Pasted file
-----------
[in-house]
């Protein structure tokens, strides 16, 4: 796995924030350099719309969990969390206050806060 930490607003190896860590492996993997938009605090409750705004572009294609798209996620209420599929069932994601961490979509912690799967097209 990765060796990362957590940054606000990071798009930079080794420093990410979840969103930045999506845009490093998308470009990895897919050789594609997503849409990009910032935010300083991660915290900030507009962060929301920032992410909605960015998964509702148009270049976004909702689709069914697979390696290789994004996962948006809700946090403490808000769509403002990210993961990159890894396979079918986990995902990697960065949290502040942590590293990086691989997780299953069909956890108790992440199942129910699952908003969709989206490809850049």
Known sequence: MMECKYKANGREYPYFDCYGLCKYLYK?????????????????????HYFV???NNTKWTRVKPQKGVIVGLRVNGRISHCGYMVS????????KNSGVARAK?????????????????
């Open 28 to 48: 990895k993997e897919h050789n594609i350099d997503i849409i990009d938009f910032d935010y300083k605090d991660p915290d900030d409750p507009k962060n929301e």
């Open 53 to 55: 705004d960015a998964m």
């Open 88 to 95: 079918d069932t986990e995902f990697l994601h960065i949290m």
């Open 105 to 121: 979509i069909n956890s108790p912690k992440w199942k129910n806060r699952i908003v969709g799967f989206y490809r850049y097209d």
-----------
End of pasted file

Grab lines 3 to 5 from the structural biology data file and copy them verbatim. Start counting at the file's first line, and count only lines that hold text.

Known sequence: MMECKYKANGREYPYFDCYGLCKYLYK?????????????????????HYFV???NNTKWTRVKPQKGVIVGLRVNGRISHCGYMVS????????KNSGVARAK?????????????????
């Open 28 to 48: 990895k993997e897919h050789n594609i350099d997503i849409i990009d938009f910032d935010y300083k605090d991660p915290d900030d409750p507009k962060n929301e």
């Open 53 to 55: 705004d960015a998964m």